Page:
Workers at the University of California, San Francisco, lost belly fat and showed metabolic benefits after a ban on sugary drinks went into effect.
With plastic bottles under fire, the bottled water industry is under intense scrutiny. Yet the industry is also driving forward with efforts to be more sustainable – not least with evian’s state-of-the-art carbon neutral bottling facility in the French Alps. So what can the future look like for the category?
Bottled water is the No. 1 beverage product in the U.S., by volume, for a second year in a row, the International Bottled Water Association (IBWA) and the Beverage Marketing Corporation (BMC) announced today.
As a kid, your parents are always telling you to drink more of it. In your 20s you down one between cocktails to stave off a hangover.
Americans now officially drink more bottled water than soda. It’s a shift that decades ago might have seemed unthinkable—that consumers would buy a packaged version of something they could get free from a tap.
Whether you drink it to quench your thirst or use it to wash your laundry, water is an indispensable part of our lives and our world.
It’s also an indispensable part of a healthy diet. That’s why more and more Americans are choosing to increase their water intake. In 2015, the average American drank 36.5 gallons of bottled water — a 7.9 percent increase over the previous year.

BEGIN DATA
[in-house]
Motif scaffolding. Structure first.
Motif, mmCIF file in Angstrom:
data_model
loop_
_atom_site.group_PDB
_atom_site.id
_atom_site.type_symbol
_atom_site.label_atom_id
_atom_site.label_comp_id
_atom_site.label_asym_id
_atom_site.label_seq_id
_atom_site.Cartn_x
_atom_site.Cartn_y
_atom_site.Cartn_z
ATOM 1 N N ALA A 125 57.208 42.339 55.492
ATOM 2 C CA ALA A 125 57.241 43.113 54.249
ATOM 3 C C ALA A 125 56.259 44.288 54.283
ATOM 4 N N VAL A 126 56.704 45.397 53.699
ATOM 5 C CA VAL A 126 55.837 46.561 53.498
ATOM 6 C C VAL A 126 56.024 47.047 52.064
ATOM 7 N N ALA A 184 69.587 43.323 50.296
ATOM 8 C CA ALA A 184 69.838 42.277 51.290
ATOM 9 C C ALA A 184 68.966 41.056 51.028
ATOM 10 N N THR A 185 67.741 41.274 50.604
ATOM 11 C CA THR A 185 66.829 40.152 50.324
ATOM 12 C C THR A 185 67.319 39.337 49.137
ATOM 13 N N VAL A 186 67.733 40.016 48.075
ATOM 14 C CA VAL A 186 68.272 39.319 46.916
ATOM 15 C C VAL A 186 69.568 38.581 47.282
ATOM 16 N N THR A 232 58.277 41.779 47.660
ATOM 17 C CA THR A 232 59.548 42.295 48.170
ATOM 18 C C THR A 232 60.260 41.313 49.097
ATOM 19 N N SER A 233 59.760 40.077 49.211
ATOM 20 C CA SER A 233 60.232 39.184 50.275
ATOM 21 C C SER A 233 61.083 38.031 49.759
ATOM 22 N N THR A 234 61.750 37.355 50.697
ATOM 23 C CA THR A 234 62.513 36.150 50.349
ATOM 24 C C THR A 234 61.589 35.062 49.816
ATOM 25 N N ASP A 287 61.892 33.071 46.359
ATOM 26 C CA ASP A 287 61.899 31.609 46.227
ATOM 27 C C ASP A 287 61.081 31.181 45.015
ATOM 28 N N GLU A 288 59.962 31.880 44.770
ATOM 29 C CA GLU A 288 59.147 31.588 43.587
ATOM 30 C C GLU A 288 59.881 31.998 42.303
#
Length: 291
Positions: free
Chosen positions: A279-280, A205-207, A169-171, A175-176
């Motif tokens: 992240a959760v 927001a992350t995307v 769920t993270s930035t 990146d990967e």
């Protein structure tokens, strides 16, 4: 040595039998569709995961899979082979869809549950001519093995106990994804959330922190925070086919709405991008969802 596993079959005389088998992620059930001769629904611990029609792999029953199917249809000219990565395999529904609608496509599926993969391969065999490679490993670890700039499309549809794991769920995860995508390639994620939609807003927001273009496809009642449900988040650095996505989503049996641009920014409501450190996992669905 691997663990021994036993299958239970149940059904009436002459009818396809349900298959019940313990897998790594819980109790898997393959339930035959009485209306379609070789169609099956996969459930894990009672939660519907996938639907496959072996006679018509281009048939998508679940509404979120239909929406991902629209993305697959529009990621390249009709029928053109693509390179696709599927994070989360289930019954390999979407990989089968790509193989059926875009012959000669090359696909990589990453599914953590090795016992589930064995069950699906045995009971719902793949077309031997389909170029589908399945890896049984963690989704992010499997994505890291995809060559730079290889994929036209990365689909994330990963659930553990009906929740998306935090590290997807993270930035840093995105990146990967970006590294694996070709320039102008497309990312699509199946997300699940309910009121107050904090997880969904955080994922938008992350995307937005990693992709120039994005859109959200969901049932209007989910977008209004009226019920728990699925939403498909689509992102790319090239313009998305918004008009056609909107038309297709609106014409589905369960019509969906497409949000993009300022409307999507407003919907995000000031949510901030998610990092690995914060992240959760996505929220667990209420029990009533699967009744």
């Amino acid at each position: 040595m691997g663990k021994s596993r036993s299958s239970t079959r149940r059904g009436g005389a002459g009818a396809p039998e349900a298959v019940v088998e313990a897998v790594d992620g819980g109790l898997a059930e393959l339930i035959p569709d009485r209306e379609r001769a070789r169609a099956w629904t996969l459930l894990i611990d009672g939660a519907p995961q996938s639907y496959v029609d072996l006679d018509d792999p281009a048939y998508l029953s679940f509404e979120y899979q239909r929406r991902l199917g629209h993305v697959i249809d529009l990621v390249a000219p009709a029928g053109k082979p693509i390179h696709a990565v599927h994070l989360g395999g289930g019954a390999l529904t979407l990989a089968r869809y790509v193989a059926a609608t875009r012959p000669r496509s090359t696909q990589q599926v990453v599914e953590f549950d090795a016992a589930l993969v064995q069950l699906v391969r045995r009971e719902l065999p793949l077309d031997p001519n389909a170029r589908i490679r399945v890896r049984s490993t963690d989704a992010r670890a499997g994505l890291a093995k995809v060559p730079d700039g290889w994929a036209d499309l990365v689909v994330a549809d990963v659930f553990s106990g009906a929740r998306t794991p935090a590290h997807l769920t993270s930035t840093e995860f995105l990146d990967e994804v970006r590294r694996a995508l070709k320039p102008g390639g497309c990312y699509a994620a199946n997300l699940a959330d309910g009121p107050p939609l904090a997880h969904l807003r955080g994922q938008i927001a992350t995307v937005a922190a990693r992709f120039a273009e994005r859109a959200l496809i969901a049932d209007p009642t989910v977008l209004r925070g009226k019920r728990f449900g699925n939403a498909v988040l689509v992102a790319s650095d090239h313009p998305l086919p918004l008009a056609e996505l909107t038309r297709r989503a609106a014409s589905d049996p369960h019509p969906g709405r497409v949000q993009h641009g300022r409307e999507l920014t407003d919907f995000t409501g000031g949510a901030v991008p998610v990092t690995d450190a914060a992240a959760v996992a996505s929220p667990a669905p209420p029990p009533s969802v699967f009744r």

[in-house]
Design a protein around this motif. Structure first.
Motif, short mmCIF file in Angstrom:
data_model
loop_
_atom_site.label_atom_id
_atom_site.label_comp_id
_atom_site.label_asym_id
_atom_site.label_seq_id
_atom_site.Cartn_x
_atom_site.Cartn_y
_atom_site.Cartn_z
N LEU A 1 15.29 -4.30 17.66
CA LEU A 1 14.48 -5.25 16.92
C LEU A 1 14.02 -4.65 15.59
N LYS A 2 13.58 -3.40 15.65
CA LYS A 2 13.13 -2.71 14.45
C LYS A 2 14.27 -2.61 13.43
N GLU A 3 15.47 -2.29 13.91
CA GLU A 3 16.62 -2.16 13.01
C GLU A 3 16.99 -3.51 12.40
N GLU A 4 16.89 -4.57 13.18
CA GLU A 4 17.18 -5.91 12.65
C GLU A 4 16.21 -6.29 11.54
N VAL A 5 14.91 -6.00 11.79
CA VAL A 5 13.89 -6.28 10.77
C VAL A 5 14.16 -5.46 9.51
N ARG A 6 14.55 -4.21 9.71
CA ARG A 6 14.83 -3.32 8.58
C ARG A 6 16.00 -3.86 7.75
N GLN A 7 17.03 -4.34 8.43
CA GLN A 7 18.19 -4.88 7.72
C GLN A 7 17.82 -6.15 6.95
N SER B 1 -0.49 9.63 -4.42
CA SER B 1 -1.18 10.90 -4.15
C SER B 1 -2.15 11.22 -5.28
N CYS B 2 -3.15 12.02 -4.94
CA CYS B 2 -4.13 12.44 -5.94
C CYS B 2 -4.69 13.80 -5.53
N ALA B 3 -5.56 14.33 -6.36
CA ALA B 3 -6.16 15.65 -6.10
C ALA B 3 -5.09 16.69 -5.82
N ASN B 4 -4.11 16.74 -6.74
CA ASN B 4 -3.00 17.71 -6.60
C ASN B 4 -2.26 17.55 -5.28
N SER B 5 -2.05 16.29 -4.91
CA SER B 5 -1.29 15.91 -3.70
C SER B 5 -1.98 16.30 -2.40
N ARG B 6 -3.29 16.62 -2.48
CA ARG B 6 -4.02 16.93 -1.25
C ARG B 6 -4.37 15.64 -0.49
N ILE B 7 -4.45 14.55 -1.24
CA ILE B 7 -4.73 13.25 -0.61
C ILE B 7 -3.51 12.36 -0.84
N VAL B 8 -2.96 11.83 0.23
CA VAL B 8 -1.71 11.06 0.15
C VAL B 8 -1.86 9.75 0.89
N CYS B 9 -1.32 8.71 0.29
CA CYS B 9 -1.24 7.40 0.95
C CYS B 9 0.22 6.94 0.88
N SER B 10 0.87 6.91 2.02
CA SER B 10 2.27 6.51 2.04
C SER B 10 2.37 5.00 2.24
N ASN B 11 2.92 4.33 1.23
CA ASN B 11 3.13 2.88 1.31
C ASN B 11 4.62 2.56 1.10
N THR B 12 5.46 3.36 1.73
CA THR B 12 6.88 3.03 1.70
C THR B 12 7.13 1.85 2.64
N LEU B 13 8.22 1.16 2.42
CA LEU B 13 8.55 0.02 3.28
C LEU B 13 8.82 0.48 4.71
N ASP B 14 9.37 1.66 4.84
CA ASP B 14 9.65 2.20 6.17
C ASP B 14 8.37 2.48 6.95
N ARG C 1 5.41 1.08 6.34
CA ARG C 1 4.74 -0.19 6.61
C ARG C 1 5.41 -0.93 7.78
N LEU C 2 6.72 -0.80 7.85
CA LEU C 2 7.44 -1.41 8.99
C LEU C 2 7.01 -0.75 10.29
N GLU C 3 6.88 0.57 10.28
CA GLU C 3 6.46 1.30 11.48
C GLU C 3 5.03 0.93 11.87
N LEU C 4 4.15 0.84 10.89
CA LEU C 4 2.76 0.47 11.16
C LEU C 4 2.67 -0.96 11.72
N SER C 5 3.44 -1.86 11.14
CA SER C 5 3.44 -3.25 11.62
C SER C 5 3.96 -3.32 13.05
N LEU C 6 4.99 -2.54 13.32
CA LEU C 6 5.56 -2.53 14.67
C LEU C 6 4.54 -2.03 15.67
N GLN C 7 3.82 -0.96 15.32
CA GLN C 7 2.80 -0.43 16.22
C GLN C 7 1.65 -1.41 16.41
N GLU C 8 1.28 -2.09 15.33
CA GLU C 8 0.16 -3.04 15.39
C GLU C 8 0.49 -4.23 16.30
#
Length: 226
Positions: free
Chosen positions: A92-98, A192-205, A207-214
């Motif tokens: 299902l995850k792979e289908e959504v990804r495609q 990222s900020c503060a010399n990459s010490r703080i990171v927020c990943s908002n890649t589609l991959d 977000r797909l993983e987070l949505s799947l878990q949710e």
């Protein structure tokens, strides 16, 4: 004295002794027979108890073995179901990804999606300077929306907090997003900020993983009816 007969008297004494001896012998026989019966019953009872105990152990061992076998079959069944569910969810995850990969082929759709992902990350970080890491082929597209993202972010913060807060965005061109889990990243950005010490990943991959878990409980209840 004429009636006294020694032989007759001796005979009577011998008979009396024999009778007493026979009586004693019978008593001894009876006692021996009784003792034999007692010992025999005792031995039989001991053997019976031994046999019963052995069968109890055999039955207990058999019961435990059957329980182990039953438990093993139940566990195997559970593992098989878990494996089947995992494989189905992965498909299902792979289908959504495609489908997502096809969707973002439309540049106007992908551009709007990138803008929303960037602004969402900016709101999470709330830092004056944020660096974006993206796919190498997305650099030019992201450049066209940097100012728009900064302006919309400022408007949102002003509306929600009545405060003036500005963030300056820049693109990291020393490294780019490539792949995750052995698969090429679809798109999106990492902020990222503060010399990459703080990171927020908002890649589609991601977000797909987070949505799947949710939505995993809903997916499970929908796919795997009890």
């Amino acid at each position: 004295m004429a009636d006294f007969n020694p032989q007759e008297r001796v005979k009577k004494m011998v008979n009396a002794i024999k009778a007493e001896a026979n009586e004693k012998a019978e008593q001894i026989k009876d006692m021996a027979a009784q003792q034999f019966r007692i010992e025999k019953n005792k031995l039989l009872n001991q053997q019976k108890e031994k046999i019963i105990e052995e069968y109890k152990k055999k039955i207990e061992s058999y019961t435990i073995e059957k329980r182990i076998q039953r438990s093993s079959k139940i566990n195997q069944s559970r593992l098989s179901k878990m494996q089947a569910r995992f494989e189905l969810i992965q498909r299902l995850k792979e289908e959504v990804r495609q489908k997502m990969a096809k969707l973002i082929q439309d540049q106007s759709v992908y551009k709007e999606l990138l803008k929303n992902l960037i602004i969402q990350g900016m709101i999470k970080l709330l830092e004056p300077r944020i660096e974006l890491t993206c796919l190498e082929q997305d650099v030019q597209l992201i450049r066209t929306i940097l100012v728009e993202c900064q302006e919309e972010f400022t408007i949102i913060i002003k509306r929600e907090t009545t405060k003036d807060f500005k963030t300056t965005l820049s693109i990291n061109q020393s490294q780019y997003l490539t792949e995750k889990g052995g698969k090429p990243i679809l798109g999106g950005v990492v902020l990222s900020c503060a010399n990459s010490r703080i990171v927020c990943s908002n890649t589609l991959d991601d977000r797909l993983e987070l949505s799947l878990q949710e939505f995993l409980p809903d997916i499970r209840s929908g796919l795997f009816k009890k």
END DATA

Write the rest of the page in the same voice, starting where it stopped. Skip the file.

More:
New data from the the International Bottled Water Association (IBWA) and Beverage Marketing Corporation (BMC) show that in 2015 Americans’ consumption of bottled water increased by 7.9 percent and bottled water sales are up 8.9 percent since the previous year. In fact, BMC now indicates that bottled water is poised to overtake carbonated soft drinks as America’s largest beverage category by volume by 2017, if not by the end of 2016.
The bottled water industry continues to respond to the ongoing water crisis in Flint, Michigan. This is a terrible situation that highlights the important and historic role that bottled water plays during emergencies and natural disasters.